Rest in peace, reading green books.
At least it’s for tournament use on the PGA Tour. These paperback books containing very detailed illustrations and used on the Tour since 2008, join those of George Orwell 1984, F. Scott Fitzgerald’s Gatsby the magnificent, and JD Salinger The catcher in the rye among the famous forbidden books.
Unlike those once controversial literary classics, green reading books have helped players detect the directions in which putts break and the percentage of slope in different sections of the greens. The ban became official on January 1 and goes into effect Thursday during this week’s Sentry Tournament of Champions.
Tour veteran Kevin Streelman, who has used the books religiously in recent years, was a member of the 16-member Tour Player Advisory Council, which unanimously voted in May that the books should go. He explained why the move was initiated by the players, noting that he didn’t like the optics on TV of seeing players’ noses buried in the books as they determined a putt break.
“I think green reading is a skill of the game,” he said. “It’s pretty cool technology that probably jumped at us quickly and everyone thought it was time to get a handle on it.”
“It got out of hand for a while,” Davis Love III said. “At the 2016 Ryder Cup, you had people sneaking around with machines, pulling on the pins and putting them on 8 × 12 paper. It’s just a little too much technology. Yes, technology is involved in just about everything: range finders, GPS, pointing and all that sort of thing. But we have to be careful that it doesn’t turn into a computer game here. “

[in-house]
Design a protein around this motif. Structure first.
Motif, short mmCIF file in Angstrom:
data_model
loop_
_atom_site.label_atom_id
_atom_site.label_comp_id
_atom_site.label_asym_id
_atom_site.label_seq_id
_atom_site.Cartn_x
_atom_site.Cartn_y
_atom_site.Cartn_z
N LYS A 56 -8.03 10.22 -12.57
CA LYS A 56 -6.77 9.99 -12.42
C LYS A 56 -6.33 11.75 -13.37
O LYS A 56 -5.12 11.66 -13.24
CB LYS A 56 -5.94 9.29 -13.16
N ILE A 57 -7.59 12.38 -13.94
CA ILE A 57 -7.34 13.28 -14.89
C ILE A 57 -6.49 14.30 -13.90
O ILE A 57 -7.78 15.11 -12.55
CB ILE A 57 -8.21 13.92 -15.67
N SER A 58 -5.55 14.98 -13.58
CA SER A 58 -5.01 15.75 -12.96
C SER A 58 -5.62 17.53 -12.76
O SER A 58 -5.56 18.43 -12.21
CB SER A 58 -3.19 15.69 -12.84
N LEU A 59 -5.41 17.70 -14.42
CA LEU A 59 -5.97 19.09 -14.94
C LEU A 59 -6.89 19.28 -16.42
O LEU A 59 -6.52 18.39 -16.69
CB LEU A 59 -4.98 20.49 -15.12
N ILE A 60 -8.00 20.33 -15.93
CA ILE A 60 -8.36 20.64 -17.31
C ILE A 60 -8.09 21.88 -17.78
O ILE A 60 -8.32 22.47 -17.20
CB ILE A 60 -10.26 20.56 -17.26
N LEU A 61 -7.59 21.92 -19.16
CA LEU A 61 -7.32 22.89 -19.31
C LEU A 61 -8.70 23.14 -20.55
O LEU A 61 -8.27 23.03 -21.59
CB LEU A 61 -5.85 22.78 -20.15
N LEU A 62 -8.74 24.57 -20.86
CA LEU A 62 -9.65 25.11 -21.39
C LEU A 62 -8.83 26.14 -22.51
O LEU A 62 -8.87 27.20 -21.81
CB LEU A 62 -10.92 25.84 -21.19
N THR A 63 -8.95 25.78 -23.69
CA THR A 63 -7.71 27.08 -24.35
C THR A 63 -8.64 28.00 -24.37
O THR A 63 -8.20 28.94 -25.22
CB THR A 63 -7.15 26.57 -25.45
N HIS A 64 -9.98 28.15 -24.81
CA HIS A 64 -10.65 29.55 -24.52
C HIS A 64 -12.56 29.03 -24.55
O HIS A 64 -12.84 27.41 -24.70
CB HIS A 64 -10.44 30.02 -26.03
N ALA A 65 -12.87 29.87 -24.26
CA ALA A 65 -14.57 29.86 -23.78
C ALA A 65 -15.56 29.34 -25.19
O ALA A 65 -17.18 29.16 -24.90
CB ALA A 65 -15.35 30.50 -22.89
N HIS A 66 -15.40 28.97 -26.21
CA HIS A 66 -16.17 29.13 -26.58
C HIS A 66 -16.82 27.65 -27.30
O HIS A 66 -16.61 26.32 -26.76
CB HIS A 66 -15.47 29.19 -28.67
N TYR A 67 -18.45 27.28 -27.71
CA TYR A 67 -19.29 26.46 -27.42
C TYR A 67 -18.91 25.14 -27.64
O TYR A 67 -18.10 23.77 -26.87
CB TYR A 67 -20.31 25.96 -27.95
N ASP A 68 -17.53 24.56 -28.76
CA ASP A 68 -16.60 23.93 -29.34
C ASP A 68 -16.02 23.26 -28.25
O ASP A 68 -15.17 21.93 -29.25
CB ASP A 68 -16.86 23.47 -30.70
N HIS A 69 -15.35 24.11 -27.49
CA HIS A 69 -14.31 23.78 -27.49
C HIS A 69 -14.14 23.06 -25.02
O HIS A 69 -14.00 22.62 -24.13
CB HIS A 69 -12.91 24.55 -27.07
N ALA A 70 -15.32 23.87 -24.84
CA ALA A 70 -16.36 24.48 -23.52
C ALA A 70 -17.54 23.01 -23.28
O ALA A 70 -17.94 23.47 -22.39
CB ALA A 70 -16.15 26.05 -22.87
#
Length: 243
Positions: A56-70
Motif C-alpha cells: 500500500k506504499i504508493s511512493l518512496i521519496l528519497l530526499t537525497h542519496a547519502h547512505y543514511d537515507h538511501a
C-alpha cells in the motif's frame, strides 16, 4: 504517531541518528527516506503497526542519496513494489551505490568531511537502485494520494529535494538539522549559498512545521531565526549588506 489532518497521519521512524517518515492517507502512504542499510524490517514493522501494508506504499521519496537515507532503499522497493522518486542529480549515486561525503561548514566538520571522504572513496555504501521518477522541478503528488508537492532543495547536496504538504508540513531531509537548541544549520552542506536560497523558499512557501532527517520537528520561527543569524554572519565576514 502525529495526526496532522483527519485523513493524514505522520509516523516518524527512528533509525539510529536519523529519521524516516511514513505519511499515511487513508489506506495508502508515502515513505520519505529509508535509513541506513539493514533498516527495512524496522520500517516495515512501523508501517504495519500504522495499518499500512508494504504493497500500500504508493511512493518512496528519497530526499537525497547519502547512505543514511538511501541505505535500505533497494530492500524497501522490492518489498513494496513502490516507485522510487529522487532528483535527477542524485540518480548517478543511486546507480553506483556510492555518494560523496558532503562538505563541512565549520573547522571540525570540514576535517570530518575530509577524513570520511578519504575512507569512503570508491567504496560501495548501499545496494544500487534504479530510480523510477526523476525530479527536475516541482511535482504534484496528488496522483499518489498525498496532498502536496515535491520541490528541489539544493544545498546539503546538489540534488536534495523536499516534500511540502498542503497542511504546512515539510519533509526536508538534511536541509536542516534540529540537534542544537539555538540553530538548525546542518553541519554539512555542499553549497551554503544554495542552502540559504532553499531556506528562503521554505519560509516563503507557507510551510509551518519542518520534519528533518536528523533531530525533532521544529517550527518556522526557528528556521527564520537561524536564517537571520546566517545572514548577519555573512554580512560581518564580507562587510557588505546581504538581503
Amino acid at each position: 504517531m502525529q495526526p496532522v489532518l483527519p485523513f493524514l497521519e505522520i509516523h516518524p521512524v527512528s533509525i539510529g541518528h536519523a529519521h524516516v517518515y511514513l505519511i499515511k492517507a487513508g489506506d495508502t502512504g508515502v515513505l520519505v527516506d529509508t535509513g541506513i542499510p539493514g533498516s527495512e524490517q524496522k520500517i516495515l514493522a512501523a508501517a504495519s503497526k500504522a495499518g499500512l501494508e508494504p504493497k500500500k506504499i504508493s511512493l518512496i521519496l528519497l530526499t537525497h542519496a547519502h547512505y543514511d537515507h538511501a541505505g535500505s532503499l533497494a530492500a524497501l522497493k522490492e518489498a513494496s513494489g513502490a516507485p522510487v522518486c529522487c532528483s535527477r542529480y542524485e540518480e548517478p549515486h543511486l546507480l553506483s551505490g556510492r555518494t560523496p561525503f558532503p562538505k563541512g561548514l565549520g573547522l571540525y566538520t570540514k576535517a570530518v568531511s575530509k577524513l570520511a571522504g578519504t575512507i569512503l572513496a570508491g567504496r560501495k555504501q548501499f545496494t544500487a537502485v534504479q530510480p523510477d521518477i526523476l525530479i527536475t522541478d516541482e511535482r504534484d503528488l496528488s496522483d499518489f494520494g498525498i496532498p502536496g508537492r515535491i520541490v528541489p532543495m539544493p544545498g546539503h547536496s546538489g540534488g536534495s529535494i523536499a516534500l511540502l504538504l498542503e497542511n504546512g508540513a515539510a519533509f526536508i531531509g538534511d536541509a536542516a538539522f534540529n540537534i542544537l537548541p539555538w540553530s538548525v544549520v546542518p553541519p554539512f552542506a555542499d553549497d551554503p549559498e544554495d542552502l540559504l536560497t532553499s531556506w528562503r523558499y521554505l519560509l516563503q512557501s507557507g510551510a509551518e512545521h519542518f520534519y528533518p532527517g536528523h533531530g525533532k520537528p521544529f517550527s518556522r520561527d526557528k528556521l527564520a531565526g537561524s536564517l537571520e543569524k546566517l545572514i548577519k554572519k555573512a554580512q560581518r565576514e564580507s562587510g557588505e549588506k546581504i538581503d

The pullback began in 2018 when the USGA limited the size of the books to 4½ x 7 inches, at the scale at which 3/8 of an inch on the pound would equate to five yards on the green. This legislation was deemed too soft by several leading players. The purpose behind restricting green reading books is to ensure that players and caddies only use their eyes and sensations to help them read the line of play on the green. Critics say the books offered too much help. Or, as former world number one Luke Donald said, “We shouldn’t be given a book with all the answers. “
“It’s not much of a benefit, it’s just taking away a skill that takes time and practice to master,” Rory McIlroy, president of the PAC, said at the US Open in June. “I think playing the greens is a real skill that some people are better at than others, and that just negates that advantage that people have.
“Honestly, I think it made everyone lazy. People don’t take the time to prepare like they used to.
But they will now, and so will their shopping carts. Scott Sajtinac, who currently works with Brandt Snedeker, estimated he would spend an additional 5-10 hours per week on the greens rolling balls to collect so much detail on putting surfaces without using electronic equipment ( no level or measuring device is allowed). Expect to see an increase in the number of players and caddies using the AimPoint green reading method.